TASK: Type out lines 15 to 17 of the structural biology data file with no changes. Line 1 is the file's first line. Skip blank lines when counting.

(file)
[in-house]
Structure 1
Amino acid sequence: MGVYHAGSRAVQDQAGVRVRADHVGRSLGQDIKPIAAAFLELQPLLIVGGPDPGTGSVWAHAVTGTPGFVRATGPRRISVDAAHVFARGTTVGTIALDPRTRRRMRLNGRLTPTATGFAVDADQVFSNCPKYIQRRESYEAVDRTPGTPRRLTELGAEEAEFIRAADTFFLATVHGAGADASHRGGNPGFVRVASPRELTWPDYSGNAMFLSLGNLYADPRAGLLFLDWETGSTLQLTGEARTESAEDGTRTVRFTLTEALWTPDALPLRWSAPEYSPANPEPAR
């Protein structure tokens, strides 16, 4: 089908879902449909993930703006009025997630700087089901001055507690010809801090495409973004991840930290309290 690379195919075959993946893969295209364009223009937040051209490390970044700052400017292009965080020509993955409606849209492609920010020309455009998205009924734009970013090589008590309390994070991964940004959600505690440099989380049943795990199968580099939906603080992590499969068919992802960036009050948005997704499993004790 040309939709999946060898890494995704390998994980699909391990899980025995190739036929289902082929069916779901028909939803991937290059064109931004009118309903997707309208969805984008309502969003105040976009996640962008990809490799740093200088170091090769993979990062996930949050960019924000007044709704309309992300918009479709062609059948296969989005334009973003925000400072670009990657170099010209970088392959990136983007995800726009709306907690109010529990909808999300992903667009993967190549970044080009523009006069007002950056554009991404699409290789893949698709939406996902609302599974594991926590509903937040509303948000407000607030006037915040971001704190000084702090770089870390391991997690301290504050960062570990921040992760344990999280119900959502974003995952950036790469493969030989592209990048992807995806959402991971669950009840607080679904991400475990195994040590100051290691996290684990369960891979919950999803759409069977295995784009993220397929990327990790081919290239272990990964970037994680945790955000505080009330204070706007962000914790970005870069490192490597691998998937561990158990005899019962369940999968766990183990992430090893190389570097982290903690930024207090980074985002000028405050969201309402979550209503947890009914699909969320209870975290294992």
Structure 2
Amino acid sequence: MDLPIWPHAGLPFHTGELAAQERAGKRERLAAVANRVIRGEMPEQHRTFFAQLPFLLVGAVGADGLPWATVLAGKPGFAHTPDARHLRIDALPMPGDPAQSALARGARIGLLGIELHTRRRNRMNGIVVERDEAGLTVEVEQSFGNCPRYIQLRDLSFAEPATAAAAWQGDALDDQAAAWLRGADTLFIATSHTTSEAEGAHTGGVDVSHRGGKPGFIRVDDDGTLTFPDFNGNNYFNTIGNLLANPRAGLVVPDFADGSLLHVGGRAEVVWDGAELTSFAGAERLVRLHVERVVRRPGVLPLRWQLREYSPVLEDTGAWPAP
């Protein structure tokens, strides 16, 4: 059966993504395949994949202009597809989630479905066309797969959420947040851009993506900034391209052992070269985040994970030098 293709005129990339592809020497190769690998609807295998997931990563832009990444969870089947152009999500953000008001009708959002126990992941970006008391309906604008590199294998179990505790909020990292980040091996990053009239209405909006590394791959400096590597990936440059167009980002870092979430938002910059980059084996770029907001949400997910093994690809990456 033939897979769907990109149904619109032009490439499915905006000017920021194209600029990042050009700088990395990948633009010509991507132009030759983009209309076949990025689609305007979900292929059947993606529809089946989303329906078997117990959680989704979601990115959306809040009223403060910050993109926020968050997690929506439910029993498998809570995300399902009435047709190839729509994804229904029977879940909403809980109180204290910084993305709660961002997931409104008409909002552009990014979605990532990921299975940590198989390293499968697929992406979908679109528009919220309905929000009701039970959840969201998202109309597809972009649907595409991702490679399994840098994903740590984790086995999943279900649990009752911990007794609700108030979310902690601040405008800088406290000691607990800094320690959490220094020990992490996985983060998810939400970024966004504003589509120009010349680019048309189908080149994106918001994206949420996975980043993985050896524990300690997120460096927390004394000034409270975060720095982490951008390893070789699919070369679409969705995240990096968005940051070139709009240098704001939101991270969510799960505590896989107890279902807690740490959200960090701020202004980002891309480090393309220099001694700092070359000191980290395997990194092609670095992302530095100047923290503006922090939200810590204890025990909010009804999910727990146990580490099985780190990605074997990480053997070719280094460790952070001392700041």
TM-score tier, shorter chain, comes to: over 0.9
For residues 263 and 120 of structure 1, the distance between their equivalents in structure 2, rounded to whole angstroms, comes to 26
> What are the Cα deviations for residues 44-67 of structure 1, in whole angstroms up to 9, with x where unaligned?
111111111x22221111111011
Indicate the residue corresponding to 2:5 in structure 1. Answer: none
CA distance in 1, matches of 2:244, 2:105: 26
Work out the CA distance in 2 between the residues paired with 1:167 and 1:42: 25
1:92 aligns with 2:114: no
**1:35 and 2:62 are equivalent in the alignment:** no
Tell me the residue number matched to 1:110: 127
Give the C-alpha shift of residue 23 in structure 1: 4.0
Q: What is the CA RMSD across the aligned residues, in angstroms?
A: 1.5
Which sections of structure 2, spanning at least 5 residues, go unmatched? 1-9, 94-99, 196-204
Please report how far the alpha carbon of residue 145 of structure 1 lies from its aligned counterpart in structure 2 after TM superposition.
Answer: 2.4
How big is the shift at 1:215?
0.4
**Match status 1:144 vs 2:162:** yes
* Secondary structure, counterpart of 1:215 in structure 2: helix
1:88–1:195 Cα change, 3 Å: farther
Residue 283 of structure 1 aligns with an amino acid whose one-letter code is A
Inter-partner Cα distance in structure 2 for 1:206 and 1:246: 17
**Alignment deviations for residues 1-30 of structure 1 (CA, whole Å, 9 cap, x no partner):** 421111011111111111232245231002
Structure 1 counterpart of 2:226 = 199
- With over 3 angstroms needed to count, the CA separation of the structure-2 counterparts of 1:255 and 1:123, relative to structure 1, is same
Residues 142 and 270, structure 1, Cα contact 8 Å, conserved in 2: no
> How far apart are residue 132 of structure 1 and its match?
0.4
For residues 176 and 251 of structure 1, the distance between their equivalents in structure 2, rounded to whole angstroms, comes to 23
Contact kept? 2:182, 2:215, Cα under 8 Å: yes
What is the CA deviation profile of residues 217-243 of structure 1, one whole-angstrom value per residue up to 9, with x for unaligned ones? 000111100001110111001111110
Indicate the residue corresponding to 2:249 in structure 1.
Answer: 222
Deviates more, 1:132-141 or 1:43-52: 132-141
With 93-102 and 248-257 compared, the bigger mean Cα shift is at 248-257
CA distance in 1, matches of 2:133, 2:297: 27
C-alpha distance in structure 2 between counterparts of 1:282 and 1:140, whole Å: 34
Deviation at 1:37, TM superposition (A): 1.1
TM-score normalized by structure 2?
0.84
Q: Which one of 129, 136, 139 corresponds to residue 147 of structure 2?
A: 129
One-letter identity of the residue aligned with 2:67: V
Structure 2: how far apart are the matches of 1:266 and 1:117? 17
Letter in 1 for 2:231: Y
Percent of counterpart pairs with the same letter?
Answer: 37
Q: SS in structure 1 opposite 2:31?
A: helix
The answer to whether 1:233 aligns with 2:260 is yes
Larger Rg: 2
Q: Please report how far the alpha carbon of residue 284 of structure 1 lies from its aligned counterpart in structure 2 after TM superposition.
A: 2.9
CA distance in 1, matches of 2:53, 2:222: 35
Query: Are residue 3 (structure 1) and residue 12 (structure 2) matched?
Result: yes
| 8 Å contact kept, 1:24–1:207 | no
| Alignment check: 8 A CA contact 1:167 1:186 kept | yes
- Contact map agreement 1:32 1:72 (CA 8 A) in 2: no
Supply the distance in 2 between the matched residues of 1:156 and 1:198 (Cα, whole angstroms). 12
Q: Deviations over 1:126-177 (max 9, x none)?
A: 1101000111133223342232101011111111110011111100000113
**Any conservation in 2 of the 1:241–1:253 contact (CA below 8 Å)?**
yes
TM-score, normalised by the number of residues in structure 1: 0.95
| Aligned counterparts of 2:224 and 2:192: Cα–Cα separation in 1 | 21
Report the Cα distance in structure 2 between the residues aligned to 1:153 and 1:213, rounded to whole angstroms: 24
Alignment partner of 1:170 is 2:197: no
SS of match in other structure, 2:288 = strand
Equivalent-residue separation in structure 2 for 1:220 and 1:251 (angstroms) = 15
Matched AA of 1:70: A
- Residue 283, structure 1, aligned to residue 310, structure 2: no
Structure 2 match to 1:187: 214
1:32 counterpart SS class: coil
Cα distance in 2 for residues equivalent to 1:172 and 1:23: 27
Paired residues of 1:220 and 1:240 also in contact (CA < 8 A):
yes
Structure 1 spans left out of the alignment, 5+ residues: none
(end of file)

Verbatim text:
1:92 aligns with 2:114: no
**1:35 and 2:62 are equivalent in the alignment:** no
Tell me the residue number matched to 1:110: 127